The Federation of American Scientists' Animal Health/Emerging Animal Diseases (AHEAD) project has proposed a major program in sub-Saharan Africa to detect and document the extent of infectious diseases shared by farm and wild animals, and to supply treatment, prevention and control services to remote communities that have previously been neglected by other programs, both national and international. This program, International Lookout for Infectious Animal Disease (ILIAD), is scheduled to be implemented in a test mode in South Africa later this year (1999). At the core of ILIAD is the need for a permanent and sustainable regional program of in situ surveillance designed to detect, monitor, treat, prevent and control infectious diseases with the goals of increasing livestock production in remote farming communities, protecting the health of wild species, building indigenous physical and professional resources, and introducing communications and epidemiology information technologies. Transmission of infectious diseases is rampant in remote communities in the sub-Saharan region, just as they once were in the United States and as they always are wherever poverty and farming co-exist. Diseases shared by wild, farmed and captive/bred animals, and by animals and humans, suppress food production, frustrate species preservation efforts and greatly affect public health. Detection, prevention and control of these diseases is an essential element in expanding trade, improving nutrition, exploiting ecotourism and ensuring food security. To accomplish these goals ILIAD will operate an electronically linked network of outpost lab/clinic units located in communities on the perimeters of game reserves and national wildlife parks and national borders not served consistently by governmental veterinary programs. Full coverage of communities lying between outpost locations will be accomplished by a kind of "extension service", whereby specially trained veterinary technicians will travel weekly by motorbike to the villages lying within a 30-50 kilometer radius of their assigned posts. These technicians will utilize the global positioning system to register exact locations of disease and mortality, record data in an epidemiology software program designed specifically for use in developing countries(15), provide immunization and treatment services on a cost-recovery basis, and take blood and fecal samples from animals owned by the community residents and from wild animals outside game reserves. Each country program will be managed by a country program officer who, with the technicians, will work with village councils, women's groups(16) and schools to train small farmers and secondary school students in disease recognition and the benefits of reporting what they observe. In accordance with the "Africans Working for Africa" motif of the initiative, all personnel employed by the program will be native borne residents of the country involved. All activities will be conducted as a response to local needs and disease priorities, in coordination with the national agriculture department's small farmer program and with provincial veterinary services. In addition, program personnel will help further the introduction of electronic communications and the resources of the Internet to local school children. ILIAD is structured in the investor mode - an international consortium of donor groups providing short-term developmental assistance with program direction and oversight provided by veterinary diagnostic, public policy and epidemiology experts representing the Sub-Saharan Africa Partnership members - the renowned Onderstepoort Veterinary and Exotic Disease Institutes (OVI) and Tuskegee University (TU), and FAS-AHEAD. Given positive assessments of the benefits of the program after three years, national or provincial institutions will integrate some or all of the activities into their official veterinary and agricultural activities. The initial test program will be established in the Republic of South Africa's Mpumalanga province, which borders the Kruger National Park, Mozambique and Swaziland, with anticipated expansion over three years within South Africa and into other countries in the region over the next decade. This program will place "developed country" technologies where they are most needed in the fight to prevent the occurrence and spread of:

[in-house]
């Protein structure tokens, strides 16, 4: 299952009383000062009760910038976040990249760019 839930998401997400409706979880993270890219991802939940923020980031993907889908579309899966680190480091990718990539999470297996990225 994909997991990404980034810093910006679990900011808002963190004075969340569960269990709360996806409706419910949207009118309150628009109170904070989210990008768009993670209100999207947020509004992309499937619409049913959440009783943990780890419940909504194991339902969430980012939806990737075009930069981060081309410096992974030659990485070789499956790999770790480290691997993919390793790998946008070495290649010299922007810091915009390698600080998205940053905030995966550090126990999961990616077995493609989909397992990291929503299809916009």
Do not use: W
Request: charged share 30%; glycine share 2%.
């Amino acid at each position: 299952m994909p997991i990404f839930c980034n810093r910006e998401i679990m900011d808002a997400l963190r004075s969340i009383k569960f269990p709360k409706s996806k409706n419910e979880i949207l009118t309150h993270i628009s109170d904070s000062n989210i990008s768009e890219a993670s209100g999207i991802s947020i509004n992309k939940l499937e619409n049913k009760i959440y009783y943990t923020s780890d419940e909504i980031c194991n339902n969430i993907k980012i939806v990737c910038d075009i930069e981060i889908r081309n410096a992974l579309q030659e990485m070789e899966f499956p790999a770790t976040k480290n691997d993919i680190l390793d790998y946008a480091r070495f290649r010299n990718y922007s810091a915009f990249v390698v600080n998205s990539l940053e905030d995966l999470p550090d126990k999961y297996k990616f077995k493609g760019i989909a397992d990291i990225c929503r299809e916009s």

- Fatal diseases that persistently transmit across farm/park boundaries (e.g., anthrax, bovine tuberculosis, rabies, Newcastle disease, bluetongue, corridor disease, Crimean-Congo hemorrhagic fever);